On the one hand, the show has given the local leaders the opportunity to hear direct voices from the people they serve whilst on the other hand, it has provided a platform for the leaders to respond and give feedback to the citizens. Subsequently this gap bridging process between the citizens and their leaders is inherently nurturing the spirit of dialogue and engagement which will help to lay a firm foundation and build the cornerstone for a strong democratic society in the long run.
Another significance of the radio program is its organic self-empowering approaches. The topics to be discussed are 100% at the discretion of the community members. Be it witchcraft or a broken health facility, community members brainstorm and agree on what should be discussed. The community also decides whether they want to debate or just talk about issues that affect them in order to find a common ground and generate ideas for finding feasible solutions. A classic example is when the community members of Kalamaji village, Paicho Sub-County agreed to work clean the community spring well which causing water was borne diseases like dysentery and typhoid.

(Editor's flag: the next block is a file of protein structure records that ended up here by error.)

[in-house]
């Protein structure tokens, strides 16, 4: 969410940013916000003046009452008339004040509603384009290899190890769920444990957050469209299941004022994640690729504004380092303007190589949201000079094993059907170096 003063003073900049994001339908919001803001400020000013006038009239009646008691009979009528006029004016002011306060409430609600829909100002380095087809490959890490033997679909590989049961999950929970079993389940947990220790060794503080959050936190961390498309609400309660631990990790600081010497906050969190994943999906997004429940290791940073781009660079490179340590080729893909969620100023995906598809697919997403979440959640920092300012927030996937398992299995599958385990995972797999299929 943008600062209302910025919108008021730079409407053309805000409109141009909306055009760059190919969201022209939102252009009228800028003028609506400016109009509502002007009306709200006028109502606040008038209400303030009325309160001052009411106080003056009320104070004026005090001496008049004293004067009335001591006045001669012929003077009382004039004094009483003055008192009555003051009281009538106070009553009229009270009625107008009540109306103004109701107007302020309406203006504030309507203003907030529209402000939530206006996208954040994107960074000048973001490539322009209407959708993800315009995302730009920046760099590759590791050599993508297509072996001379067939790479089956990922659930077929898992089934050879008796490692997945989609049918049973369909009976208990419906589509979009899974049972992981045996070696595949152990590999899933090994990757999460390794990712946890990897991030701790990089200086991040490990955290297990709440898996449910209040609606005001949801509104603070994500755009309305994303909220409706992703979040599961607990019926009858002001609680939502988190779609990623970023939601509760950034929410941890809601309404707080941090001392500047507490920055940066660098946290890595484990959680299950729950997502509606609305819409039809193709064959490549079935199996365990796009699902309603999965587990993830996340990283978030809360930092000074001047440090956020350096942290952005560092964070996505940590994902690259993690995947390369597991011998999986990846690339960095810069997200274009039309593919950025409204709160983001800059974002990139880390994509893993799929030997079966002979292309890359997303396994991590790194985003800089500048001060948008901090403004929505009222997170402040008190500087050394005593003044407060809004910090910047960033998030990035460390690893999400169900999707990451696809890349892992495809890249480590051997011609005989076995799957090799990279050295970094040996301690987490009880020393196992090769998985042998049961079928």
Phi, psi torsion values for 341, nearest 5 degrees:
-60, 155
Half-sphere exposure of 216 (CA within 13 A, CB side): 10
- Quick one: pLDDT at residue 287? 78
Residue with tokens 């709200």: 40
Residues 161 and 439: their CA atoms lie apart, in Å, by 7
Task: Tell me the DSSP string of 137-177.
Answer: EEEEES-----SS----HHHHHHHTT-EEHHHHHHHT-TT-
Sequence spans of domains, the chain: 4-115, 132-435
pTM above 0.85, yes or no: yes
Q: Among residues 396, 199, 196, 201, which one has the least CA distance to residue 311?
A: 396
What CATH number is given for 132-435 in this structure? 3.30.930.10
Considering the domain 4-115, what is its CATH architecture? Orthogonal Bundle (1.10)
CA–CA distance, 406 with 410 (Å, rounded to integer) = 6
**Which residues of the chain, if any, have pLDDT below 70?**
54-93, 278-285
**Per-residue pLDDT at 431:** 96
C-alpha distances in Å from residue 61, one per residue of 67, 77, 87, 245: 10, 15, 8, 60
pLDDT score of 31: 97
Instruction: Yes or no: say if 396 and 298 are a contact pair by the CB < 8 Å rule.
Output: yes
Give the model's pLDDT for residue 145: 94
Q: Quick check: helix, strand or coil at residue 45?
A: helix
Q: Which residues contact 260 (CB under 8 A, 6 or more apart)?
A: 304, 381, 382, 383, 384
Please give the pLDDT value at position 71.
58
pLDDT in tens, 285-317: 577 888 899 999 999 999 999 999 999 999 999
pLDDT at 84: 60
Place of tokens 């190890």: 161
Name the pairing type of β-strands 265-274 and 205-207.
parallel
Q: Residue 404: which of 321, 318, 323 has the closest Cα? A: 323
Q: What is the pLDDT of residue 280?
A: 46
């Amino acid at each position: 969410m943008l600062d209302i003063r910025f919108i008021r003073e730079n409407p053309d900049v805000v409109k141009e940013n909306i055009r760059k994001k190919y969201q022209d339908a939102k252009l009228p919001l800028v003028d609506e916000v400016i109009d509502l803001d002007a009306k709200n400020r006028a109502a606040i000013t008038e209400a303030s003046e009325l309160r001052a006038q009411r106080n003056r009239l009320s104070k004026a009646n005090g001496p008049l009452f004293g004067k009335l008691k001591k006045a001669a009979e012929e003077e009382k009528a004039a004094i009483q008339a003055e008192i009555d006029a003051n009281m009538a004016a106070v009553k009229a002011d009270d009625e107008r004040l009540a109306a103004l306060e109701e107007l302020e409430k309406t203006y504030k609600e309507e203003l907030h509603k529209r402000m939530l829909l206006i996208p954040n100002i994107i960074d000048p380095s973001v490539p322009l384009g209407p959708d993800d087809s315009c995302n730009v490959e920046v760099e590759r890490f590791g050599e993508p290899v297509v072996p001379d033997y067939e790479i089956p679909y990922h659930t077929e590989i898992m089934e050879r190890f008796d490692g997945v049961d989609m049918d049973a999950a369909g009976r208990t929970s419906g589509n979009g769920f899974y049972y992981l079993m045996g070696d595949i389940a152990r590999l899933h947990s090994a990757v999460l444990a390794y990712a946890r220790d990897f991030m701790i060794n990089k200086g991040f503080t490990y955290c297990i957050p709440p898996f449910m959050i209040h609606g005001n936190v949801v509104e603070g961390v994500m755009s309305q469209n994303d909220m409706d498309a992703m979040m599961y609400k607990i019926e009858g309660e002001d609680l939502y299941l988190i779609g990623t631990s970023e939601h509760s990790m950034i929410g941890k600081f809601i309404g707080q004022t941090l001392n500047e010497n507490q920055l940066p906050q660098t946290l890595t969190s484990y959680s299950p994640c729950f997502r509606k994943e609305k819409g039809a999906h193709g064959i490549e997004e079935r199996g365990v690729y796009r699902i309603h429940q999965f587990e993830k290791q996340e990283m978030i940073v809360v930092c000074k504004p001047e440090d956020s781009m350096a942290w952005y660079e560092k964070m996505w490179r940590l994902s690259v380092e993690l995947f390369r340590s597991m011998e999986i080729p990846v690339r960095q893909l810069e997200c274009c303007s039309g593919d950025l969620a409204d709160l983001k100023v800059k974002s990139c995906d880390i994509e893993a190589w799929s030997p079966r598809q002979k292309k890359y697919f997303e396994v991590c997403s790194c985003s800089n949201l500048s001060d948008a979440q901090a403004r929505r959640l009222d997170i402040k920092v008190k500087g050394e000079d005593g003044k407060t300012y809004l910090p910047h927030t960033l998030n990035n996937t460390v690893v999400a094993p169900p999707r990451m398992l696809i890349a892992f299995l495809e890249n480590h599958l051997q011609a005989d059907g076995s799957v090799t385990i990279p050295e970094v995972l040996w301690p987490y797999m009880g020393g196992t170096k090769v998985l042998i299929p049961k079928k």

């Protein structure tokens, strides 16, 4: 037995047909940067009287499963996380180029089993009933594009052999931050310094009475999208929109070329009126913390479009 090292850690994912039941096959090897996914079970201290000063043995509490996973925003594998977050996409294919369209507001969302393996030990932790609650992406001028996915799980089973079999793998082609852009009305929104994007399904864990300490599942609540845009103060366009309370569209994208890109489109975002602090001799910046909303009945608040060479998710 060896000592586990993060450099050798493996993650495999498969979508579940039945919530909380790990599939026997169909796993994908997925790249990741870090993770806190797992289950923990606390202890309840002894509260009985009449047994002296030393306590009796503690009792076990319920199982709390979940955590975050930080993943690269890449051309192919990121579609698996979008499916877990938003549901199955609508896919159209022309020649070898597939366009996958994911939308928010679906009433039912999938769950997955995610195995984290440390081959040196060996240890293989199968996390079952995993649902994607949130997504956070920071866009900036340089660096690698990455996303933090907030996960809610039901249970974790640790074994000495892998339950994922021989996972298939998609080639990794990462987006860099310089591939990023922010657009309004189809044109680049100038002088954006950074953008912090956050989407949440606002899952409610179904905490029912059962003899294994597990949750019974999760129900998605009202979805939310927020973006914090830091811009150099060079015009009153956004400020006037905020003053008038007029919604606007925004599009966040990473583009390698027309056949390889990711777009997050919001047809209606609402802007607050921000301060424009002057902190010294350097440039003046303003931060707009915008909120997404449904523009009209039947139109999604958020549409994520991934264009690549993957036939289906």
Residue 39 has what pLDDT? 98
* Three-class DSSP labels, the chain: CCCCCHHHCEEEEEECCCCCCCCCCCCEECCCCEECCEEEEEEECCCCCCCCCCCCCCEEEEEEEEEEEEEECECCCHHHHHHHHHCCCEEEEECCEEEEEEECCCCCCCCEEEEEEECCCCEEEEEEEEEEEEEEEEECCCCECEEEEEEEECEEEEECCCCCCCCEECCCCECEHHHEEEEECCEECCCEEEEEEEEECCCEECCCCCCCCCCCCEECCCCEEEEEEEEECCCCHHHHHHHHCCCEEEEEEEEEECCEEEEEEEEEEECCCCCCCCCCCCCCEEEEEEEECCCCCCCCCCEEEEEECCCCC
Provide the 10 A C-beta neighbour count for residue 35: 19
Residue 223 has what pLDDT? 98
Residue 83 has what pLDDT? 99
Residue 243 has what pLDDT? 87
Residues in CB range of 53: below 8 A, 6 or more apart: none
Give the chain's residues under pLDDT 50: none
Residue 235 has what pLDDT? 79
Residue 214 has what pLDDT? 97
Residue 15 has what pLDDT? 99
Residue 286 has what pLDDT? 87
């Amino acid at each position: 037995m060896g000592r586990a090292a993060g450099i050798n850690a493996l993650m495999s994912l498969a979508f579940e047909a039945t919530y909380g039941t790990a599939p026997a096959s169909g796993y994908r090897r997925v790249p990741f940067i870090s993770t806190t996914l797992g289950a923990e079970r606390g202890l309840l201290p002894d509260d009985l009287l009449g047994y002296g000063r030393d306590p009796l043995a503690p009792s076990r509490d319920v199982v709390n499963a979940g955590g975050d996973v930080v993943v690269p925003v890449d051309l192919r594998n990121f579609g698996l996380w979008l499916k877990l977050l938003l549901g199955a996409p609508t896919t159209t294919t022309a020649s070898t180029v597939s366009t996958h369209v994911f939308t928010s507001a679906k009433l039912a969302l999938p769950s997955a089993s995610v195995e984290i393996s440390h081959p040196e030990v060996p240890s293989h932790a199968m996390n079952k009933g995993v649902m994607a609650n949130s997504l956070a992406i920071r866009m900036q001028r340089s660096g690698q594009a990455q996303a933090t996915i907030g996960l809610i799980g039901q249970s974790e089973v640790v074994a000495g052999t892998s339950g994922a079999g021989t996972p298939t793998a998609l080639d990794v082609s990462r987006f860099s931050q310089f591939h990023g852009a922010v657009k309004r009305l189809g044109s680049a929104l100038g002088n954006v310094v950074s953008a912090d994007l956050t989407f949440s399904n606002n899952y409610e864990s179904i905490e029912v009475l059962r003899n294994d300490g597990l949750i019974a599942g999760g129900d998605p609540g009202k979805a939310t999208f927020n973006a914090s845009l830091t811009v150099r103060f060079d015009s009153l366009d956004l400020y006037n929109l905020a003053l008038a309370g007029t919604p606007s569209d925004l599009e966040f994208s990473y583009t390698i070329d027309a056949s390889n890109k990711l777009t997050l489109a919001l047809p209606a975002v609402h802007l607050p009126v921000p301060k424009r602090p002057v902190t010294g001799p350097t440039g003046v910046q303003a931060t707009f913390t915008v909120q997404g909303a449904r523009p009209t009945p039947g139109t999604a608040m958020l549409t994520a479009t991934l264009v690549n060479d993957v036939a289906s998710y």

During the community dialogue, they also requested the district water and sanitation department to treat spring well. The self-empowerment approach of the programme has indeed helped to open up spaces and give the rural women of Northern Uganda who have been traditional recipients of patriarchal injustices the opportunity to speak out loud on issues that directly affect them. Inasmuch as most women still sit down on mats or polythene canvases while men sit on wooden chairs during the Kabake community conversations, this is no limit to what and how they can express themselves in public.